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Court orders resentencing in case of threats to Jewish centers

At Juan Thompson's 2017 sentencing, his victim, Francesca Rossi, a Brooklyn social worker, said he unraveled, turning their relationship into a nightmare of revenge porn and vicious defamation.

Juan Thompson, seen here in an undated photo,

Juan Thompson, seen here in an undated photo, was sentenced to five years in prison after his arrest for cyberstalking an ex-girlfriend and making bomb threats to Jewish community centers across the country in 2016. Photo Credit: AP

A federal appeals court in Manhattan on Wednesday ordered a resentencing for Juan Thompson, the former journalist whose threats to Jewish centers as part of a cyberstalking campaign against his ex-girlfriend set off fears of right-wing anti-Semitism after the 2016 election.

The Second U.S. Circuit Court of Appeals said Manhattan U.S. District Judge Kevin Castel incorrectly concluded that Thompson’s stalking campaign violated an order of protection that had been served on him, ratcheting up the judge’s calculation of advisory sentencing guidelines.

Castel calculated that the guidelines called for 37 to 46 months in prison, and upwardly departed from that, sentencing Thompson to the maximum of 5 years. The Second Circuit said the right range is 30-37 months, and although Castel can still impose 5 years it isn’t “clear” that he will.

Thompson, 34, of St. Louis, had worked for the online news site The Intercept until he was fired for fabricating sources and quotes in 2016.

At his 2017 sentencing, his victim, Francesca Rossi, a Brooklyn social worker, said he unraveled, turning their relationship into a nightmare of revenge porn and vicious defamation spread on social media and to her family, friends and employer, calling her a “slut” and a drug dealer.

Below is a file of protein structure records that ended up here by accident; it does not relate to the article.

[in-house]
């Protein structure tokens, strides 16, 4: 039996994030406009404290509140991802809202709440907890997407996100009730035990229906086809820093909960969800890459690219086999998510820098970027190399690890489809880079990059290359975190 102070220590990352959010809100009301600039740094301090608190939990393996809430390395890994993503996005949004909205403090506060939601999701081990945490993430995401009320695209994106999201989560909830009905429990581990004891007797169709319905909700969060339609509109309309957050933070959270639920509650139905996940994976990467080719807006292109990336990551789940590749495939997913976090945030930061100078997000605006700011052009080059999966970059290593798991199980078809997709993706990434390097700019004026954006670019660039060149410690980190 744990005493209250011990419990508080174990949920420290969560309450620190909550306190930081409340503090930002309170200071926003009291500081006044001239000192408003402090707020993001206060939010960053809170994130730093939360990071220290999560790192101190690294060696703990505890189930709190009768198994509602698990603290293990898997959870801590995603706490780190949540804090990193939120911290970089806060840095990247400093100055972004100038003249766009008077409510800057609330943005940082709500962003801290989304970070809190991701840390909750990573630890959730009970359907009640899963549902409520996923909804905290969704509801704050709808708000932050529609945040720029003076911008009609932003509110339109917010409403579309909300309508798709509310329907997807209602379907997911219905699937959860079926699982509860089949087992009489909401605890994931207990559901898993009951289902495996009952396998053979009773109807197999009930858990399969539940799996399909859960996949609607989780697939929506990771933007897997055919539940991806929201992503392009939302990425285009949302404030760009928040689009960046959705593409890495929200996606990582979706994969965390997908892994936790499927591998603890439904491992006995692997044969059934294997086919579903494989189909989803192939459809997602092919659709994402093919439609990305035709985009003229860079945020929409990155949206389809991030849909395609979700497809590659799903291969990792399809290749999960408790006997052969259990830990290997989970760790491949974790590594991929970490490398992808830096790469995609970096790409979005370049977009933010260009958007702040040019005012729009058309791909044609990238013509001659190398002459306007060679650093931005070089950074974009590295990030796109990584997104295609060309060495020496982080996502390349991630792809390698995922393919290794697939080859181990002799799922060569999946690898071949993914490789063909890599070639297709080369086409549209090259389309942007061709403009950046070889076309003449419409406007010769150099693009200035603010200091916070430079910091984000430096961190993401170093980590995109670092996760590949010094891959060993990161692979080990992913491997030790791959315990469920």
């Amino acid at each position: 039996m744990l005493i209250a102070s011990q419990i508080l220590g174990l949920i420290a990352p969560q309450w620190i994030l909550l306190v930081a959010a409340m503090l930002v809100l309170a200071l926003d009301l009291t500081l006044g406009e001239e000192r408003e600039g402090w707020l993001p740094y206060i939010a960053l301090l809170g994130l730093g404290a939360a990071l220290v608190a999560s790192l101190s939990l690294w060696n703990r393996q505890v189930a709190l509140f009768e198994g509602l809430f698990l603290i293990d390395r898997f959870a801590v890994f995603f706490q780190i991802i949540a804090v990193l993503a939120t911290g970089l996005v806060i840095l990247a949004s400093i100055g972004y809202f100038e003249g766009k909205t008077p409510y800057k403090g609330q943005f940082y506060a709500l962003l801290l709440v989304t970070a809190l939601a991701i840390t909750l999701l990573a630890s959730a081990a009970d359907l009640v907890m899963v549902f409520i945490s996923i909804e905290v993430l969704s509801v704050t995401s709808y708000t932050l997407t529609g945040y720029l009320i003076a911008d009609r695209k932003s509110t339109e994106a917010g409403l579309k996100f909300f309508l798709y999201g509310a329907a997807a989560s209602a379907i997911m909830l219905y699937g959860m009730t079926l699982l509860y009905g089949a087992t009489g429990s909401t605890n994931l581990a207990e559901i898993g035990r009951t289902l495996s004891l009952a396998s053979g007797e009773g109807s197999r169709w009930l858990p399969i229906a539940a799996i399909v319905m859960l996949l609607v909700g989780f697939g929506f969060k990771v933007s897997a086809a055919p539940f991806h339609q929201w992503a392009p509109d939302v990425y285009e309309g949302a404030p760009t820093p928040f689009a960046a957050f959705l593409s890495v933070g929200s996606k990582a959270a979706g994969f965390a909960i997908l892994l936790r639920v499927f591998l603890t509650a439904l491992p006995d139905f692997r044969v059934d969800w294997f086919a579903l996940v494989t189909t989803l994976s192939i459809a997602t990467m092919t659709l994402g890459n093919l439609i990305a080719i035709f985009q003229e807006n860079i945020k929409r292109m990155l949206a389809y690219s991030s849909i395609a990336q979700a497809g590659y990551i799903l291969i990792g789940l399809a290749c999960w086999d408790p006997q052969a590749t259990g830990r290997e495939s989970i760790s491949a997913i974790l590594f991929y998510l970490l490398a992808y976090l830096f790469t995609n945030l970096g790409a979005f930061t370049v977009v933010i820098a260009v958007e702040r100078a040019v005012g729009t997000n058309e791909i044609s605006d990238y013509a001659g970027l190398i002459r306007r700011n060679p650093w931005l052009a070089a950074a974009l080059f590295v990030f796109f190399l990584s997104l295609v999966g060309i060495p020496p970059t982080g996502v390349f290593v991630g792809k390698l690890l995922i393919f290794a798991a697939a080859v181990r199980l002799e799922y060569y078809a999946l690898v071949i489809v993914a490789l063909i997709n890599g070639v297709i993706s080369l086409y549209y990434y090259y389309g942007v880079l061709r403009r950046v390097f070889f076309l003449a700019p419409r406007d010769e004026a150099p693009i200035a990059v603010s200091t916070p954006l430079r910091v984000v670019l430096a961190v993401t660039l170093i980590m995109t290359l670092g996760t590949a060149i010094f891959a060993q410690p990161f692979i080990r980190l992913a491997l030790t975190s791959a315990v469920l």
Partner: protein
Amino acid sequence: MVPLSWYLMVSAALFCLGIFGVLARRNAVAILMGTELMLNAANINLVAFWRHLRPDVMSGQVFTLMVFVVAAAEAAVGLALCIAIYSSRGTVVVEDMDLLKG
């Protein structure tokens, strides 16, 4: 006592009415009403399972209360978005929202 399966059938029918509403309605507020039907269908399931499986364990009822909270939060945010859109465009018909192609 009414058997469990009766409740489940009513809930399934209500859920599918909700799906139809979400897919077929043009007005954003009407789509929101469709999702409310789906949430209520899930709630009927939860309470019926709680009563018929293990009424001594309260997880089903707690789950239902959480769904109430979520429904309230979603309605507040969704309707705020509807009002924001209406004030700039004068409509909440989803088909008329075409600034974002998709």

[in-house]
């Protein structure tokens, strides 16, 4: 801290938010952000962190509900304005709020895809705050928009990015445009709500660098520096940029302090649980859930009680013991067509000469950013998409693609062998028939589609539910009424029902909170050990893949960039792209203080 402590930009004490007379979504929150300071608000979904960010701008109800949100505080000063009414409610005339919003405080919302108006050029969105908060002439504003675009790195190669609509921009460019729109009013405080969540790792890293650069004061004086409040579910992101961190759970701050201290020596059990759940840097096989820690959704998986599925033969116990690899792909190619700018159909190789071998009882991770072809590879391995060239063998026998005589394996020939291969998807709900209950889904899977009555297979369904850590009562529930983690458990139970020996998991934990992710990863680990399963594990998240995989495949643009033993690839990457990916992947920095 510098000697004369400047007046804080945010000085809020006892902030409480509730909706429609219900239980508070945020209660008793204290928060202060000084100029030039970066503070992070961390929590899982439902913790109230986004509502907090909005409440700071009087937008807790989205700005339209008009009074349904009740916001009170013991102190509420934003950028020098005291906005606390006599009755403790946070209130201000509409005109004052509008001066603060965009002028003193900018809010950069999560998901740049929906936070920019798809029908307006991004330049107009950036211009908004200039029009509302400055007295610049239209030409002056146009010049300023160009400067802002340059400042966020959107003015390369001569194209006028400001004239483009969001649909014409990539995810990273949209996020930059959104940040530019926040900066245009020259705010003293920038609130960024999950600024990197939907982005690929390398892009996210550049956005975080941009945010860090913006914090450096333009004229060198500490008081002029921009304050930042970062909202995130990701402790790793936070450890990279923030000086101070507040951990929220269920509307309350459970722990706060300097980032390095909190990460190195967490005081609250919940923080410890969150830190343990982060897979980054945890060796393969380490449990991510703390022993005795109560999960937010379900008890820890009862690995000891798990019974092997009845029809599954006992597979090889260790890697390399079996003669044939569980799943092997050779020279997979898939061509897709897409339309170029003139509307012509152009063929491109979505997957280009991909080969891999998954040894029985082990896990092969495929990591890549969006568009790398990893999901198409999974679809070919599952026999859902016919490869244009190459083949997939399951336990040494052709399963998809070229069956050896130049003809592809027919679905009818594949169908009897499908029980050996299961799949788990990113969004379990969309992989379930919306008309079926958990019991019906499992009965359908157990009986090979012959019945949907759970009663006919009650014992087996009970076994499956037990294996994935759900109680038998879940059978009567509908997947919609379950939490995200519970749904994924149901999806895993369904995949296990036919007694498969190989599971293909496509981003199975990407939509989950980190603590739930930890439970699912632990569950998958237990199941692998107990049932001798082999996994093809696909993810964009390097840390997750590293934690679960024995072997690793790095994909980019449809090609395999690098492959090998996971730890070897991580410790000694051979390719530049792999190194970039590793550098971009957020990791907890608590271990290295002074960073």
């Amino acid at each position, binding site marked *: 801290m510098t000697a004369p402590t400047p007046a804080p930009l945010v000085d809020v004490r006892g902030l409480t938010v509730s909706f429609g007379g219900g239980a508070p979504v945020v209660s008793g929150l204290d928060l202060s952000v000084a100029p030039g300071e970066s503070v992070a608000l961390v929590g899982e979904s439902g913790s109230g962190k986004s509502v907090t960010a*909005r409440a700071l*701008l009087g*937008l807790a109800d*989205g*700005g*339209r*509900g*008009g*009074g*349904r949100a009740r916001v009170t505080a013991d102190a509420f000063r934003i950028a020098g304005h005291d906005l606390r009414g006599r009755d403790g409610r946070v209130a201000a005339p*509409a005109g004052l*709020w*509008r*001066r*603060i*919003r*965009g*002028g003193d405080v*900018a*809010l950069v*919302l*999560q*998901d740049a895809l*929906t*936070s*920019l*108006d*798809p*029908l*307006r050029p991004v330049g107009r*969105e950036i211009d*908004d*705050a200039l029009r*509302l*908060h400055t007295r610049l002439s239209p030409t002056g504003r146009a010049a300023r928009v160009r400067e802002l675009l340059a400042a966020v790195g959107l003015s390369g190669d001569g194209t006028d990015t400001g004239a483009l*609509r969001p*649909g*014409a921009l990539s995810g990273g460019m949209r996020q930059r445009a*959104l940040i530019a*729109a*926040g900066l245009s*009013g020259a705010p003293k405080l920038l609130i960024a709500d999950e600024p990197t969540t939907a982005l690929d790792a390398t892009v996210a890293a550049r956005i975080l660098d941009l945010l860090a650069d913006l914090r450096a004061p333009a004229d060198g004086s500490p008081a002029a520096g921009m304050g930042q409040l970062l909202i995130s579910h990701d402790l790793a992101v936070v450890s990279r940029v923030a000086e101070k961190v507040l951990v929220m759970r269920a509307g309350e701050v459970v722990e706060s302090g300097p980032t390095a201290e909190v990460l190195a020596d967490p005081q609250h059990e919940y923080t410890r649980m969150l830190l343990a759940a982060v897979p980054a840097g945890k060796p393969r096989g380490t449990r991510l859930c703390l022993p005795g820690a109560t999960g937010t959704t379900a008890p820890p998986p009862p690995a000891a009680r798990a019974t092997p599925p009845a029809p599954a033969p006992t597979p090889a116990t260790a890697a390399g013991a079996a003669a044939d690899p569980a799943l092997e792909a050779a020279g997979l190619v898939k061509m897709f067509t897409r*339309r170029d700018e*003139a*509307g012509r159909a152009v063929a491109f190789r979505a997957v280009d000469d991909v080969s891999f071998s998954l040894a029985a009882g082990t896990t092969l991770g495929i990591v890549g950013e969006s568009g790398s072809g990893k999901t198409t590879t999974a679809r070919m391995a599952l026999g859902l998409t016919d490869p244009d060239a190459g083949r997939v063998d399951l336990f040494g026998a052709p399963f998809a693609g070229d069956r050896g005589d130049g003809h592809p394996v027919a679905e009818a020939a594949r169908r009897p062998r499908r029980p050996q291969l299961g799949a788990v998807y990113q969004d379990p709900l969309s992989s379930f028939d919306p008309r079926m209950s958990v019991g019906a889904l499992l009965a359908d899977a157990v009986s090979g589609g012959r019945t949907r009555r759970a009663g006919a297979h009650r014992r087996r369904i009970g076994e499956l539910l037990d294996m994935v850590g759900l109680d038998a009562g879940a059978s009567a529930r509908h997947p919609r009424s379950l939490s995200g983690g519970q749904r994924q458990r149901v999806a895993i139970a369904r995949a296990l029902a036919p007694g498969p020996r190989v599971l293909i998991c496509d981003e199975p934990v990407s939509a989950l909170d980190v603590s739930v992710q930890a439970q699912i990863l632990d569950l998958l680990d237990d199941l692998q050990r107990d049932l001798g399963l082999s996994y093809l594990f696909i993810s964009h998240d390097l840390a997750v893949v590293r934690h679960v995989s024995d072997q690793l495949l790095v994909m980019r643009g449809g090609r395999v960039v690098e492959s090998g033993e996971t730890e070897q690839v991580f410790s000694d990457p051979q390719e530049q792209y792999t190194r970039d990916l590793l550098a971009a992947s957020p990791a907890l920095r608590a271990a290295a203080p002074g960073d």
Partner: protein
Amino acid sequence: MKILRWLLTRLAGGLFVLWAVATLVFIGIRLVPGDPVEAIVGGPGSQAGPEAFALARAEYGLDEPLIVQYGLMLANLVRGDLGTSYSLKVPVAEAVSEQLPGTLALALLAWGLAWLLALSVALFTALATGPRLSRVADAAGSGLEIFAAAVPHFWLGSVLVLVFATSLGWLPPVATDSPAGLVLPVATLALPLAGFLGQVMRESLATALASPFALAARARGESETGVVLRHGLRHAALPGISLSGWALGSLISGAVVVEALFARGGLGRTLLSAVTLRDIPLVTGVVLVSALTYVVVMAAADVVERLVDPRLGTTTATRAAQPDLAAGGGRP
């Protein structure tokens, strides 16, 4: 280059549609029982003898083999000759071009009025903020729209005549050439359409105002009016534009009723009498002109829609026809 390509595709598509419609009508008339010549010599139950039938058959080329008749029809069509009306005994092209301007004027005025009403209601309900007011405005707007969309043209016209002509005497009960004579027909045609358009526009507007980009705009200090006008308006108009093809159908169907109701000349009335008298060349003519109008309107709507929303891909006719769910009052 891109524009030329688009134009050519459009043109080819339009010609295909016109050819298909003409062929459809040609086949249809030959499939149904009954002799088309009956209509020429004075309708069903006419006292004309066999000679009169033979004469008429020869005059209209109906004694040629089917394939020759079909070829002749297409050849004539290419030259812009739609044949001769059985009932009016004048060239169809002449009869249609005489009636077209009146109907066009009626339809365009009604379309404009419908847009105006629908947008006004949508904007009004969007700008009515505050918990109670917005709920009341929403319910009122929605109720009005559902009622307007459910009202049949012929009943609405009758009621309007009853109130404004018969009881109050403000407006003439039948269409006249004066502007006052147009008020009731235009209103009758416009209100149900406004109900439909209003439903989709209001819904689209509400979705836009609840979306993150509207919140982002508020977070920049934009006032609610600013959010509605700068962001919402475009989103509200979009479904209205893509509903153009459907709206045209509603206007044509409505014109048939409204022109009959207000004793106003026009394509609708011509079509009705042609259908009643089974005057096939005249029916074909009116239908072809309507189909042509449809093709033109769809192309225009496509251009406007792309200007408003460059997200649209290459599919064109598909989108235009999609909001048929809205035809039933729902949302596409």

"I feared for my life every day,” she told Castel. “I'm still not convinced that he still won't try to kill me.”

During her nine-month ordeal, Rossi obtained an order of protection from a Brooklyn court. But the Second Circuit said he was never formally served, so Castel should not have relied on it in calculating the advisory guideline range.

The campaign included a bizarre series of a dozen hoax threats, some in her name, that were sent to Jewish community centers around the country — including one warning of a “Jewish Newtown” — that prosecutors said were part of his smear campaign.

In the aftermath of the 2016 election, before Thompson’s arrest, those threats fueled speculation and paranoia that Trump’s election had set off a wave of anti-Semitic violence.

Until the Second Circuit ruling, Thompson’s prison release date was Aug. 15, 2021. Castel has not set a date for his resentencing yet.

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